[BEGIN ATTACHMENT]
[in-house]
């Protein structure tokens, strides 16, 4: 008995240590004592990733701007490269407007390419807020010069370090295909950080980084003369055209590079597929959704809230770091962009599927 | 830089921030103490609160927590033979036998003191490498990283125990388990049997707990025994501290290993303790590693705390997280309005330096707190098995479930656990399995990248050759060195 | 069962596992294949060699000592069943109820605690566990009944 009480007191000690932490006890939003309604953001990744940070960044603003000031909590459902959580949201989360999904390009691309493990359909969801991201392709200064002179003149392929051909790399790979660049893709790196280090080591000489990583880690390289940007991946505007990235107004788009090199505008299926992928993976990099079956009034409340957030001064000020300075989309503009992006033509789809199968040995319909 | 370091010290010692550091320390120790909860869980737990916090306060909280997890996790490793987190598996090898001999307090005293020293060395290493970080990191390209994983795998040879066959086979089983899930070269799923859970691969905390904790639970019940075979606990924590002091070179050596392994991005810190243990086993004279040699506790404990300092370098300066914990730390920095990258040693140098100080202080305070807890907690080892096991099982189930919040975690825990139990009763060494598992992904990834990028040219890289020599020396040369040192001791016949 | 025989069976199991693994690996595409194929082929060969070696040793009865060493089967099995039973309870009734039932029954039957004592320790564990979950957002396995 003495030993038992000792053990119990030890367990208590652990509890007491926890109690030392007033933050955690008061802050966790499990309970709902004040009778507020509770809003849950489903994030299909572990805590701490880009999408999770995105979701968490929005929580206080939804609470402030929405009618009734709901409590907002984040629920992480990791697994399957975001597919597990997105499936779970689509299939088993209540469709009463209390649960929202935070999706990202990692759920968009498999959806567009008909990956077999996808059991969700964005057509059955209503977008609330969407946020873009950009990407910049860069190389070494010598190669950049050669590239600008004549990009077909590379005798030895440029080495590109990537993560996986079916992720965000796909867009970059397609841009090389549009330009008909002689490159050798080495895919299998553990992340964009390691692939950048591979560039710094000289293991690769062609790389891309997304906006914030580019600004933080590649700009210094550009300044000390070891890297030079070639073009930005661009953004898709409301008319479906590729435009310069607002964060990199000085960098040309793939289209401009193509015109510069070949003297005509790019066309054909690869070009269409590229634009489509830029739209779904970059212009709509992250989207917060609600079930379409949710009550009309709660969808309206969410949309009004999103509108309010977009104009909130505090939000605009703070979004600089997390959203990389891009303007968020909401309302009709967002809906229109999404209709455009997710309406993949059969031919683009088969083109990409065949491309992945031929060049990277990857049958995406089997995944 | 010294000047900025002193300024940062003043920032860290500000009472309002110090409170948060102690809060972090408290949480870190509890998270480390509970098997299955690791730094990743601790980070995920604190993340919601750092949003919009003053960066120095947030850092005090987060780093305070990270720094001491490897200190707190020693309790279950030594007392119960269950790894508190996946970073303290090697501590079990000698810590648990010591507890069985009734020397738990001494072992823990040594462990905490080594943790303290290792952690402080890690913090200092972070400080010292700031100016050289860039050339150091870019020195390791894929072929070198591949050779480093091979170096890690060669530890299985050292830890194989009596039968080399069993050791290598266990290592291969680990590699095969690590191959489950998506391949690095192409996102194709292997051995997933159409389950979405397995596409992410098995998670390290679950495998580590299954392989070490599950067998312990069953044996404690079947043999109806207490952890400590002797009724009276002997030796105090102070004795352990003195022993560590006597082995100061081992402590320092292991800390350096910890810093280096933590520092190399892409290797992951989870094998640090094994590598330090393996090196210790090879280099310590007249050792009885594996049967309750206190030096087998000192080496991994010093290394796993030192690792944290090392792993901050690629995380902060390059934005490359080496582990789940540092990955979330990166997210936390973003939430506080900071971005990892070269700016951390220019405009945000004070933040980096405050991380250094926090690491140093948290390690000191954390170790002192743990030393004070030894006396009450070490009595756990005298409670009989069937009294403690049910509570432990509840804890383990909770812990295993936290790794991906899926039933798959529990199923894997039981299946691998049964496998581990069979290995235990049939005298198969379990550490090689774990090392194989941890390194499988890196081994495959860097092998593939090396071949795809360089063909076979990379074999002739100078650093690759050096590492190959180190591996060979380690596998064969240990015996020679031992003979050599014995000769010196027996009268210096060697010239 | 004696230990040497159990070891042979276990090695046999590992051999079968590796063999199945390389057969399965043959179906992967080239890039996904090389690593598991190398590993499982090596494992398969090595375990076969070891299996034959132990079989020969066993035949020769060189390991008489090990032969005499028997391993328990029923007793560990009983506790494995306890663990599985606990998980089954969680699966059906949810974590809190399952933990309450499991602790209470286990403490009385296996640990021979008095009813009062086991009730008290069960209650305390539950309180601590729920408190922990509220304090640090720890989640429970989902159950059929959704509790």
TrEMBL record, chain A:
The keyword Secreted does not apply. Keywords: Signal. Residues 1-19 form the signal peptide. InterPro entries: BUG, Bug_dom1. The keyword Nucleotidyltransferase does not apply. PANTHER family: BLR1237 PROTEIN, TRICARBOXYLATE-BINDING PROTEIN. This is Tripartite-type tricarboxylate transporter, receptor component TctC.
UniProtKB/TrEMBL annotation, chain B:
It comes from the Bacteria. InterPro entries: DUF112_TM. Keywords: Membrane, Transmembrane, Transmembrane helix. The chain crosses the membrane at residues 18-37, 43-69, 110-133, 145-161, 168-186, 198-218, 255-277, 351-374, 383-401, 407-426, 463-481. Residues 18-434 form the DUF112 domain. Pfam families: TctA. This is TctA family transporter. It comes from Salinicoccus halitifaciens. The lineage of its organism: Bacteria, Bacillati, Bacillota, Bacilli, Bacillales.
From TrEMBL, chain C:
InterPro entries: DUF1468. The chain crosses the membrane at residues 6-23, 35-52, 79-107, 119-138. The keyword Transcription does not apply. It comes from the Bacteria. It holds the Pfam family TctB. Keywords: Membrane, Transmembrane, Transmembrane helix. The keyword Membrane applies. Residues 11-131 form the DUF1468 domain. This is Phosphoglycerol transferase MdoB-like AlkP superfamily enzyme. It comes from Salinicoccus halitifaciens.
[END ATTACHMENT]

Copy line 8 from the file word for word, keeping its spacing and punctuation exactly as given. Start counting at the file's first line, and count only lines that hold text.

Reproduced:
InterPro entries: DUF1468. The chain crosses the membrane at residues 6-23, 35-52, 79-107, 119-138. The keyword Transcription does not apply. It comes from the Bacteria. It holds the Pfam family TctB. Keywords: Membrane, Transmembrane, Transmembrane helix. The keyword Membrane applies. Residues 11-131 form the DUF1468 domain. This is Phosphoglycerol transferase MdoB-like AlkP superfamily enzyme. It comes from Salinicoccus halitifaciens.